Then there are the portages. When asked how many he's done, he stops in the middle of putting on clean, dry socks in a friend's car. ``H'mm. Well, there were three today [it was 10:30 a.m.] ... aside from that, I've lost count.'' Each portage involves two trips: one for the canoe, pole, and paddles; and one for the large orange waterproof sack with his camping gear, provisions, and clothing - and the metal box containing the cellular phone. The phone, he says, ``is a symbol of the technology that can help clean up the country's water.'' It's also a practical device that helps him keep in touch with the Audubon staff, who are coordinating his trip. One time he was out of touch for five days, said Eleanor Robinson, who's handling his publicity. But a friendly reporter who traveled with him for several days relayed the messages.

That's typical of the kind of help his trip has inspired. Two paper mill workers left their jobs to help him carry the canoe and packs over a dam. ``Two kayakers escorted me through some rapids, one fore and one aft, to pick up the pieces,'' he says.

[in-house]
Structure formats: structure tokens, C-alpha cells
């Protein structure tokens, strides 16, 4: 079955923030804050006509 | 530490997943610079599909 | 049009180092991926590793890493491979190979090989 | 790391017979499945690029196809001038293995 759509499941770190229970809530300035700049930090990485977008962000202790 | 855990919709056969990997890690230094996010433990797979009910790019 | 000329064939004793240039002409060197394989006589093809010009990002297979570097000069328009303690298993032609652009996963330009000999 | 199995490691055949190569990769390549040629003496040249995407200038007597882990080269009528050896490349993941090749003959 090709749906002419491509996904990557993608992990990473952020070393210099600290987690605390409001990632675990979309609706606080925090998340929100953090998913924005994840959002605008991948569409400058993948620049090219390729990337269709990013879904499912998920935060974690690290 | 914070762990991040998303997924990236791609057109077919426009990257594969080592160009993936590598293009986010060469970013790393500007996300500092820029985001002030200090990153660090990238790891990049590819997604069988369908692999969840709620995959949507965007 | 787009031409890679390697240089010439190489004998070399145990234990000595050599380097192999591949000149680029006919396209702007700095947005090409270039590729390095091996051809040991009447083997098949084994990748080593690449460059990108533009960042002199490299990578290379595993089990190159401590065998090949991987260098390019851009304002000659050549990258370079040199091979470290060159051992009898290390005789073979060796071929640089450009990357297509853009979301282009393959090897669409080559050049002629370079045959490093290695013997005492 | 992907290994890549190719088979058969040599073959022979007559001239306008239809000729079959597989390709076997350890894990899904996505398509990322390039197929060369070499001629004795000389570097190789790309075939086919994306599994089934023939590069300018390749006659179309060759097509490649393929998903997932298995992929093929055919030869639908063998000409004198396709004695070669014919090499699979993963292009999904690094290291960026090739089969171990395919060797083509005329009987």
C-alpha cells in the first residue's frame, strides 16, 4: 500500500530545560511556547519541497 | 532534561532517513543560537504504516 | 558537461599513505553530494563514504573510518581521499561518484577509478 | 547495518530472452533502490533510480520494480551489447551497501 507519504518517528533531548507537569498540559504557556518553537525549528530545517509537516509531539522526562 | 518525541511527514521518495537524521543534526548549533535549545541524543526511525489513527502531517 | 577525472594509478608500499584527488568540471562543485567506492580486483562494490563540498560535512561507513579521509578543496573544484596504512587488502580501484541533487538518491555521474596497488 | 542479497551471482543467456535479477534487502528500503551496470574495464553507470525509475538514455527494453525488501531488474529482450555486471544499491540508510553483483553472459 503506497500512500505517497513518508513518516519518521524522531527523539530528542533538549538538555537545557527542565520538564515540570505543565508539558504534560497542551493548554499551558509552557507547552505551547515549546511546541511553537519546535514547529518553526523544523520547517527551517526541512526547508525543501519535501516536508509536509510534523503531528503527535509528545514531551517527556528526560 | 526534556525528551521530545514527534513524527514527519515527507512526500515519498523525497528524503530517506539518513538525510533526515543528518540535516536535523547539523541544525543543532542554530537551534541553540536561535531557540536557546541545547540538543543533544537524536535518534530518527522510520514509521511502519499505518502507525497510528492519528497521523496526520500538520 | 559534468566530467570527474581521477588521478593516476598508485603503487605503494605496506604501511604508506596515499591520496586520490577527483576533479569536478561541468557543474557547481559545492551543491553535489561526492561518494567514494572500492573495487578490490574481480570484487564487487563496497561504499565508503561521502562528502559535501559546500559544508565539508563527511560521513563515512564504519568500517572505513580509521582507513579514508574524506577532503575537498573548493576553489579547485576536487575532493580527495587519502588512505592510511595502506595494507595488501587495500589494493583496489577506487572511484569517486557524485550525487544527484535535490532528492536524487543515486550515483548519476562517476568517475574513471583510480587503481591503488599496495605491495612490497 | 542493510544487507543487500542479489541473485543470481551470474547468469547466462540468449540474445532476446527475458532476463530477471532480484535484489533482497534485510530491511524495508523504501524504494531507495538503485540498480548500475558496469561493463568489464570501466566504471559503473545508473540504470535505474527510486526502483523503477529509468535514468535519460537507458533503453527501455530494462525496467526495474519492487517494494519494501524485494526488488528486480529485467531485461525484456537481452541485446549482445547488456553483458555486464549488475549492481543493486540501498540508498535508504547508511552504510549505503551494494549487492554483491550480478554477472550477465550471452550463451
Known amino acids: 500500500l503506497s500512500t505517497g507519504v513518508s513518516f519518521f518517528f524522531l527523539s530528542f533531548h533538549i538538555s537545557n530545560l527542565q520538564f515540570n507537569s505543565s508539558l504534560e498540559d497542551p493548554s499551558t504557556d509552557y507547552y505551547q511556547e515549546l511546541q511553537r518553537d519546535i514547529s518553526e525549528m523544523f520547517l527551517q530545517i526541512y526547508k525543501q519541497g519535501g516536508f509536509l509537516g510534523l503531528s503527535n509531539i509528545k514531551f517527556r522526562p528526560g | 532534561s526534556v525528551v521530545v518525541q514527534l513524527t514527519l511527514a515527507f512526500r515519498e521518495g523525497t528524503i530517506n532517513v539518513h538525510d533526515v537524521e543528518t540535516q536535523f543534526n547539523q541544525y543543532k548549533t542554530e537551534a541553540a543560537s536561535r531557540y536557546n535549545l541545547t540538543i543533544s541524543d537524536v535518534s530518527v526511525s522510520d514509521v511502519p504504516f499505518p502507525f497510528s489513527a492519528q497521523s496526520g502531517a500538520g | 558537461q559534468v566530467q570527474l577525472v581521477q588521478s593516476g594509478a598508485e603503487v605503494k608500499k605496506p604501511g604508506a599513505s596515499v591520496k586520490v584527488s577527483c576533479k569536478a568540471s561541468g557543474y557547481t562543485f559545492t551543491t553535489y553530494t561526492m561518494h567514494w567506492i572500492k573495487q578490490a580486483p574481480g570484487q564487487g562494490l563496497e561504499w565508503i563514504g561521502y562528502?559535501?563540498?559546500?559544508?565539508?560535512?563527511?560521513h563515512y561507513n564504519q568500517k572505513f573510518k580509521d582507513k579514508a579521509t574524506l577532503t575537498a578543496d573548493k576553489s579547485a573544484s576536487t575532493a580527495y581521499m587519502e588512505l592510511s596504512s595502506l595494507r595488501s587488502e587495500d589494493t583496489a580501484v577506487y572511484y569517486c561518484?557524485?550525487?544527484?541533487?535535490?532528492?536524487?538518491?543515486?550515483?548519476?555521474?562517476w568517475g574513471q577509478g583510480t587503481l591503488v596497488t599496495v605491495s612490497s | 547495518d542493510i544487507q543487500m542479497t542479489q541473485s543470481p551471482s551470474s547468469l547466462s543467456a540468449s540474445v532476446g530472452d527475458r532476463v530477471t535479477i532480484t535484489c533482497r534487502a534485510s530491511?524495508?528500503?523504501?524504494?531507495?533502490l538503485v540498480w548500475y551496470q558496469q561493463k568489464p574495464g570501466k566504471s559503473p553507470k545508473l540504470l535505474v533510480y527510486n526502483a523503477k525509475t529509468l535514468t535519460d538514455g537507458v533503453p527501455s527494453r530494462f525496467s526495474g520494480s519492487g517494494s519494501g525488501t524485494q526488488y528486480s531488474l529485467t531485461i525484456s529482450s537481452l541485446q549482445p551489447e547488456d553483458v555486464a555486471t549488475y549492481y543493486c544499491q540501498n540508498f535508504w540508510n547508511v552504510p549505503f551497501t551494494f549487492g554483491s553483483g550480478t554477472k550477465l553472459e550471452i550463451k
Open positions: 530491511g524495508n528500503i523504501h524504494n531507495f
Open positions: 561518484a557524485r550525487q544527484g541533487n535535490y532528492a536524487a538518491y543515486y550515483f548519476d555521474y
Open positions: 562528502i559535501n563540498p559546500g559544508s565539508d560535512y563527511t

As he meanders eastward, away from the rural Berkshires, through the more industrialized and agricultural central region, toward the densely populated Boston metropolitan area, the children he encounters tell him what he needs to know about the condition of the rivers. When he started his trip near Alford, most of the local kindergartners said they drank from and swam in the tiny Green River. Those children were the first of many along the way to sign their names on the canoe. Farther on, two kids followed him from bridge to bridge over the Housatonic and shouted down to him, ``We can't drink the water in Hinsdale. We got a boil order heah!''

Later, on the Westfield River, he says, ``four 11-year old boys on dirt bikes ordered me to `Pull ovah!' So I did. I asked them if they'd ever fished there. They said yes. Then I asked them if they'd drunk the water. They said no. `Hey, man, this is a Class B river!''' - a river not clean enough for drinking.

``I'd like to see that my children, and the ones who signed my boat, who are our future, don't end up with this as a legacy,'' he says, holding up the jug. -30-{et